The Wrestler is the ultimate underdog film: it immortalizes the comeback of fallen and, arguably. past-his-prime actor Mickey Rourke playing (BEING) the comeback of fallen and past-his-prime wrestler Randy “The Ram” Robinson. I can’t think of another role that is so inspiringly autobiographical, or if one exists at all. Randy works weekdays at a grocery store and weekends in the ring. Even though he is still wrestling, and the other wrestlers respect and admire him tremendously, it’s clear that his time has past. 20 years ago, he was on top of the wrestling world. Now, he does shows, but he also appears at fluorescent-soaked, echo-y community centers for autograph signing sessions with a bunch of busted old-timers in which barely any fans attend (but those that do adore him - see why this film is so interesting?). He takes all the wrestling work he can, and while he still has skills, I wonder if he’s being included in these events partly out of pity.

Randy gets the chance of a lifetime when he is offered to headline a major upcoming wrestling bonanza in a re-match of his career-defining defeat of his arch-nemesis, The Ayatollah. Randy enthusiastically, and gratefully, accepts, but in the meantime, after a particularly brutal match involving a staple gun, Randy has a heart attack in the dressing room and requires bypass surgery. He wakes up in the hospital to his doctor telling him that his life is essentially over. His body, ravaged by steroid use and the very real blows in the ring for so long, just can’t wrestle anymore. Hopelessly alone, Randy seeks comfort in Cassidy (Marisa Tomei), a stripper at the club he frequents, and Stephanie (Evan Rachel Wood), the daughter he estranged. He gives up wrestling for as long as he can, but it’s in his blood. He fights the big fight at the end. How could he not? A lot of stuff, surprising and wonderful, happens in this film; I promise I’m not giving anything away. But just in case, I’m going to refrain from doing any more plot regurgitation so that I don’t ruin the purity of the experience for you.

Darren Aronofsky confounded many people with his incomprehensible-yet-beautiful film The Fountain, including myself. But with The Wrestler, he, like Rourke, is back on top. He is truly one of the greatest filmmakers we have and, I would wager, THE most visceral. Even if you don’t understand The Fountain, you feel it. Then there’s the wrenching Requiem for a Dream, an emotional anvil of a film, and one of the greatest masterpieces in cinematic history. God, I love this man. He brings such a visual vibrancy to this story. His style is bold and distinct, he constantly takes risks, and he never compromises his startling and unique vision. He uses the camera as a character to create a sense of claustrophobic isolation. There’s this authentic, documentary-style aura about the film that transcends aesthetics. You are an active part of this world. The aesthetics, though, are astounding: the gritty and gripping cinematography by Maryse Alberti, the powerfully naturalistic and humanistic writing by Robert Siegel, the intricate and essential sound design (Aronofsky utilizes sound as well as Paul Thomas Anderson), and the soul-piercing melancholia of Clint Mansell’s score…when you factor in the acting…it all adds up to perfection.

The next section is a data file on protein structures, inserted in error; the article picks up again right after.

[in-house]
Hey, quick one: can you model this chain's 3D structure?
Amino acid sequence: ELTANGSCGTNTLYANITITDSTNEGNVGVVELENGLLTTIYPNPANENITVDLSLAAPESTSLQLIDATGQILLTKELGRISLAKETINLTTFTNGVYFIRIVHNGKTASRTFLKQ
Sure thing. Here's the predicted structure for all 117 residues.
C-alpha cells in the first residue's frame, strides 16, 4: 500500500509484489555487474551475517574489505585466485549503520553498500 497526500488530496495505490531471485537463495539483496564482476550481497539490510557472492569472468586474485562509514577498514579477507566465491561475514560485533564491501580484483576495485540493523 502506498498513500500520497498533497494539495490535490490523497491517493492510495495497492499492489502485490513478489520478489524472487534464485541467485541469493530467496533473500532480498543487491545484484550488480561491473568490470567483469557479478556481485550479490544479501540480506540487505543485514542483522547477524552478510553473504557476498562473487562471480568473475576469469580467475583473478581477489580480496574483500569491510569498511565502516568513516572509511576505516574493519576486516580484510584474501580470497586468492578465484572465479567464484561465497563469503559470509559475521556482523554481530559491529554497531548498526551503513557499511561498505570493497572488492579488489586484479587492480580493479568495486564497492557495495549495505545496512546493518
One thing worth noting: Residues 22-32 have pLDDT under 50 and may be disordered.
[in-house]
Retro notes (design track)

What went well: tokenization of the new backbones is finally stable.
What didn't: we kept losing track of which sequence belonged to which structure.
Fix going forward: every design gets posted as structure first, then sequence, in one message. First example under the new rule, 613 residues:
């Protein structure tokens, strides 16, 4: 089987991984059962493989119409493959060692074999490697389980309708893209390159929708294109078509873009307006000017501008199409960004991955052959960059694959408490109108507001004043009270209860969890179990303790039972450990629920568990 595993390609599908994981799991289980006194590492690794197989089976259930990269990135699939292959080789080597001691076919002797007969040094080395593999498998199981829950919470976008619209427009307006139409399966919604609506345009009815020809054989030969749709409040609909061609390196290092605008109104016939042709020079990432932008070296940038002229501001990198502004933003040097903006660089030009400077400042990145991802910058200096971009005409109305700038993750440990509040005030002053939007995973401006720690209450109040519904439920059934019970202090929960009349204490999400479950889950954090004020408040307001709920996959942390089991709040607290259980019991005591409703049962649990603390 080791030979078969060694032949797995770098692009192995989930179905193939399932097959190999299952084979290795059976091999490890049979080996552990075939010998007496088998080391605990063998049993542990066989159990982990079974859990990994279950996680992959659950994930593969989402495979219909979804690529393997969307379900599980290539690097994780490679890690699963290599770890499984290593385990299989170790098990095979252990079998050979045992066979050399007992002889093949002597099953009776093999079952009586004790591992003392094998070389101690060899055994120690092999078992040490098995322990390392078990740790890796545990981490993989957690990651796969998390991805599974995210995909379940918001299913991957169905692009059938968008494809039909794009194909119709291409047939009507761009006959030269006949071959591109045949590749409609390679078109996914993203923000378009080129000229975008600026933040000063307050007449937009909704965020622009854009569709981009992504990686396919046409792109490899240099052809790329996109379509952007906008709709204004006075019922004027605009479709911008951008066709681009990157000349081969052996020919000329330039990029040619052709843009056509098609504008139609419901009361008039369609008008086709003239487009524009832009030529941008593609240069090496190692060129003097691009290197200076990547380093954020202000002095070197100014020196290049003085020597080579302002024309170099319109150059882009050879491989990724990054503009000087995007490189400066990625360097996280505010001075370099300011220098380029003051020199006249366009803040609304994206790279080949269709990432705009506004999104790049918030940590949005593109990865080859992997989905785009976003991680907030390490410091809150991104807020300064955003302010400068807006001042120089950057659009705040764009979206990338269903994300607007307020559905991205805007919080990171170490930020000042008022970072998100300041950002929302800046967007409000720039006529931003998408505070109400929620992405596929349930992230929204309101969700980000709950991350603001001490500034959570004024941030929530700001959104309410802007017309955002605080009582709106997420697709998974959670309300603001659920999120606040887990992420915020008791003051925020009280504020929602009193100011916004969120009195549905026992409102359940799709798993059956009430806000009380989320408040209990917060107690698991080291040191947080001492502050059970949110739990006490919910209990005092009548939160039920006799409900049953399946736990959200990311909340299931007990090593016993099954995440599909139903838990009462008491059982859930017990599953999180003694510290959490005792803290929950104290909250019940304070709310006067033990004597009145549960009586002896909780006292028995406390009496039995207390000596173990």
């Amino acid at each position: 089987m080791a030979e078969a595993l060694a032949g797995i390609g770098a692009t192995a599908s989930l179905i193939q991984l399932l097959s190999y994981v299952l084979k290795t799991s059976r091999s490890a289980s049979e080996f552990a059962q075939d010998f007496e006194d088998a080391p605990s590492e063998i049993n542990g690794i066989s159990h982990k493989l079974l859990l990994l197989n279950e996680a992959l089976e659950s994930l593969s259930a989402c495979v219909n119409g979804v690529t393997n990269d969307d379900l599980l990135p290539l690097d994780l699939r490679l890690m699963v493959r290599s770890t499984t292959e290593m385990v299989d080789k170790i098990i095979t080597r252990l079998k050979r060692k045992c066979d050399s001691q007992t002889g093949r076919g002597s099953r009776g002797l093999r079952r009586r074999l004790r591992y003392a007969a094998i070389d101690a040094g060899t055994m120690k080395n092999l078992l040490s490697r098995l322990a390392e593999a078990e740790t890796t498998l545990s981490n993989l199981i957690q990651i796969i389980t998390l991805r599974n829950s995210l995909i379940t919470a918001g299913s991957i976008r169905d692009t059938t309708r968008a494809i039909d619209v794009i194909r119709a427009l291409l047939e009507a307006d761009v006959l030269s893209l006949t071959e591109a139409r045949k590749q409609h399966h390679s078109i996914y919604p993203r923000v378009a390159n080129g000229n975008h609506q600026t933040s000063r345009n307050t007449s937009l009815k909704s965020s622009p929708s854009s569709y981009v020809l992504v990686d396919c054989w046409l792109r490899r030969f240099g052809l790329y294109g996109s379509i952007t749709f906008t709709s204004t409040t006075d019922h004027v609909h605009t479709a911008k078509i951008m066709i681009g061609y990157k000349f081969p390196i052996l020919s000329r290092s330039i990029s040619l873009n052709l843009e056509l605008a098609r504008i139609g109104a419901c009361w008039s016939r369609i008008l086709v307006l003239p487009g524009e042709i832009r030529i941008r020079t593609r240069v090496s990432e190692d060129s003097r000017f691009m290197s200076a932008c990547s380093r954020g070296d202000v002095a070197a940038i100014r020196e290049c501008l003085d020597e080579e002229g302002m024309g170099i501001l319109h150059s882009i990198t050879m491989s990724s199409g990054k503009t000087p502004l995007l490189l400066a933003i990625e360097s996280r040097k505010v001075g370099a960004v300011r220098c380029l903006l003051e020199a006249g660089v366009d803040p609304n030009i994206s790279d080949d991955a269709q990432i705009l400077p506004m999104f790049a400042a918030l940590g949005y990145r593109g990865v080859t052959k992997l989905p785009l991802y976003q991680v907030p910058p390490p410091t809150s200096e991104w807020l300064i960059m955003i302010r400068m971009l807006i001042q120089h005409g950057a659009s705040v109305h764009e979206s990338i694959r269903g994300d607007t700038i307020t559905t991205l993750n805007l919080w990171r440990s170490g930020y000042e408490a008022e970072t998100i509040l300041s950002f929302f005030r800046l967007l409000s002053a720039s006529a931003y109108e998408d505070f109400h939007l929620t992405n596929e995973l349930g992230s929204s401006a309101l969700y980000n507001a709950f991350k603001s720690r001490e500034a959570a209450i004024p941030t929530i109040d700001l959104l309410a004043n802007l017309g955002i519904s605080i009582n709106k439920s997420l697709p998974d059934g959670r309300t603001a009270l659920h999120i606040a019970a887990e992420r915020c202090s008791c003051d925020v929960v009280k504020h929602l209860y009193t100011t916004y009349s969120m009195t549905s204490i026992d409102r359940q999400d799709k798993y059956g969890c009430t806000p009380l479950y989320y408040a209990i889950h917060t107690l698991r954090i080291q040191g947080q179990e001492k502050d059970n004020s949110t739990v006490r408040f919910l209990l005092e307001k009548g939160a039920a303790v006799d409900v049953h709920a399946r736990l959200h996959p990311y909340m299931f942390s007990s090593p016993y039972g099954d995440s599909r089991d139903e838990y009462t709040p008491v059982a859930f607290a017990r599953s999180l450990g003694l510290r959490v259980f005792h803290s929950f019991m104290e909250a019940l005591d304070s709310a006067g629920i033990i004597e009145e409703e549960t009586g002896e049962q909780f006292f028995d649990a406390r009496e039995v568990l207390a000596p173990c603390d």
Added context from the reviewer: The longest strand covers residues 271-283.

So, let’s talk acting. WOW. Evan Rachel Wood is intensely moving as Randy’s daughter. She is one of the most gifted young actresses out there. Marisa Tomei should have won the Oscar for Best Supporting Actress. She is divine. Her performance is so brave. She’s an aging actress in Hollywood portraying an aging stripper that no one desires anymore. Talk about tough. This is one of the best women’s roles I’ve seen in years. Cassidy is such a strong, compassionate character, and the fearless way Tomei throws herself into this part is mind-boggling. She has to do all of these scenes nude or mostly nude (and she looks fabulous), playing a woman who is being rejected and humiliated by scum whose money she needs. That is some SERIOUS stuff. Women today are under more pressure than ever to maintain a certain (unrealistic) body image, and I admire Marisa Tomei more than I can express for doing such a beautiful job, for the confidence and class she exudes, and for exposing much more than just her body.

Mickey Rourke. What can I say that could possibly be adequate? He’s officially back, and he IS this film. He is its throbbing, beating, bleeding heart. I could see his soul in that weary face. Like Tomei, he is brave and totally fearless. He is utterly unflinching in his commitment to this role. He’s so many different superlatives that there’s no point in me just rattling them off. They’re not good enough, even if they’re all true. The only word that I hope can come close to describing his work is “heroic.” It’s rare to care this much about a character…or an actor. Rourke IS “The Ram.” He’s so astonishingly real that I often felt physically uncomfortable, like I had to turn away from the excruciating loneliness and humiliation that he personifies so relentlessly. Mickey Rourke is primal; he almost looks like an animal. He's got this sexual aura, this rawness, that actually unnerved me at times. He's almost off-putting in the way he looks, but then he's also just a big, adorable teddy bear that I wanted to rock in my arms. I think I kind of fell in love with Mickey Rourke while watching The Wrestler. He made me weep with the beauty and genuineness of his performance. When Rourke enters the arena at the end for the big fight, I got chills all over that were so intense, it felt like my whole body was on fire. I can pay no higher compliment than that.